Noah Seaman (FL. 1724-1741)
The sombre garb and professional wig are unusual in such an intimate scale of portrait, as portrait enamels were usually exchanged in a romantic capacity.
This portrait, by the enameller Noah Seaman, is a rare depiction of a professional gentleman, portrayed in attire which announces his important working status. The sombre garb and professional wig are unusual in such an intimate scale of portrait, as portrait enamels were usually exchanged in a romantic capacity.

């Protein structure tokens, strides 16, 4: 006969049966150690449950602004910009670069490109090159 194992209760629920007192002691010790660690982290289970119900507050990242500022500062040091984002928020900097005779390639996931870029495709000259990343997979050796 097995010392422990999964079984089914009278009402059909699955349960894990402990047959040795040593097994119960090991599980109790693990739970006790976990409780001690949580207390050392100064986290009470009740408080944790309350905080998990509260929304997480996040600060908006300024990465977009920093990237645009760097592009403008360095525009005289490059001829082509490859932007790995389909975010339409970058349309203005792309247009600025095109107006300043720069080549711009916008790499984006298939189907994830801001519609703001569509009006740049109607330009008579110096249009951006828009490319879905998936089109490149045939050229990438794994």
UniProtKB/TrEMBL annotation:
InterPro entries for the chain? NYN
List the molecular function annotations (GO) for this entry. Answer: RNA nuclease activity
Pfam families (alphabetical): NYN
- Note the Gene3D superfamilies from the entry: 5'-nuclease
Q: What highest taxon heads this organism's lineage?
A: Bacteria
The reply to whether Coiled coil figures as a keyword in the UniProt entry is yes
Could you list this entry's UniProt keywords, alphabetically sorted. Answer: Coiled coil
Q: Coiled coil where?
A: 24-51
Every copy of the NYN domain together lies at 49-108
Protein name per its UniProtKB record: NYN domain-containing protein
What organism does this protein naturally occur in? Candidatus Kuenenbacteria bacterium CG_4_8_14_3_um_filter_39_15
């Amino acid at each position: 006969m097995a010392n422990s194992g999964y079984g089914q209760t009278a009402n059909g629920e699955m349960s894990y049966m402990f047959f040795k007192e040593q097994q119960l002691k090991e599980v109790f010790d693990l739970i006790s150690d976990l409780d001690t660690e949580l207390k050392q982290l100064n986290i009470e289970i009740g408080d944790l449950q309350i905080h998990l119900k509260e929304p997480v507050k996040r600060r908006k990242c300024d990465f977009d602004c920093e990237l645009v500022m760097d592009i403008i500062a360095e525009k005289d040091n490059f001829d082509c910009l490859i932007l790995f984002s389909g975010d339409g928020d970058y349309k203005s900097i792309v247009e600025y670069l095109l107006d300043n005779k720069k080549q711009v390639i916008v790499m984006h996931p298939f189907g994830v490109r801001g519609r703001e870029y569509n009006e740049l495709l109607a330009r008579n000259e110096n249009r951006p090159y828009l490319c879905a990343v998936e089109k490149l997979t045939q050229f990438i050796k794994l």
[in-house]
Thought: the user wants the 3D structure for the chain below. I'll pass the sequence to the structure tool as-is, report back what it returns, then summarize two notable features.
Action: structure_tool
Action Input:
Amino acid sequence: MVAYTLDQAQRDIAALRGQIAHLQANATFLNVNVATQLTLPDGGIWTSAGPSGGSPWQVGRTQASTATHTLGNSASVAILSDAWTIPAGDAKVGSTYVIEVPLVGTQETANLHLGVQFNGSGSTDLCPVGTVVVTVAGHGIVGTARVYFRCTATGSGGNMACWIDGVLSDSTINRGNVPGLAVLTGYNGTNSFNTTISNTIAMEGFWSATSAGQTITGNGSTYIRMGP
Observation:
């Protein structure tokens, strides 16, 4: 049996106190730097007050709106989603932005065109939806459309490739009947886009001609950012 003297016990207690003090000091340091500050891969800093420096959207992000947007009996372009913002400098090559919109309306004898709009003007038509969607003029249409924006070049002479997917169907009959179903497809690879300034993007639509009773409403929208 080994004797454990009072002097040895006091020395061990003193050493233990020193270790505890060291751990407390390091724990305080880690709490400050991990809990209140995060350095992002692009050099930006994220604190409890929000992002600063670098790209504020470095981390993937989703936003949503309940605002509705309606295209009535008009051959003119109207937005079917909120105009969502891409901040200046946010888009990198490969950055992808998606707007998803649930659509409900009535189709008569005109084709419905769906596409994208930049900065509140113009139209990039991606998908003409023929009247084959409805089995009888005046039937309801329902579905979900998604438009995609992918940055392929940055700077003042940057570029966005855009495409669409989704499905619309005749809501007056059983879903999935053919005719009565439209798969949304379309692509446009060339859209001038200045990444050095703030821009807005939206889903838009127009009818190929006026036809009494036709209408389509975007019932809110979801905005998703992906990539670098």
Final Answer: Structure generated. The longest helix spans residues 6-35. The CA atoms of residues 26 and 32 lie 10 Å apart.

Noah Seaman and his brother, Abraham, worked in a very similar manner, their enamels quite different to the soft, stippled paintwork employed by their contemporaries. Very little can be gleaned about their early life or training but there would appear to be a connection to the Netherlands as a number of examples of their work are extant in Dutch collections. These include two enamels in the Dutch Royal Collection. Their sitters appear to have come from the higher echelons of society, either by dint of their noble status or notoriety – including George Frederick Handel (dated 1741) and the Duke of Portland. The Victoria and Albert museum have a similarly painted example to the present work, showing the contours of the sitter’s face strongly painted in reddish hues [LOAN:GILBERT.273-2008].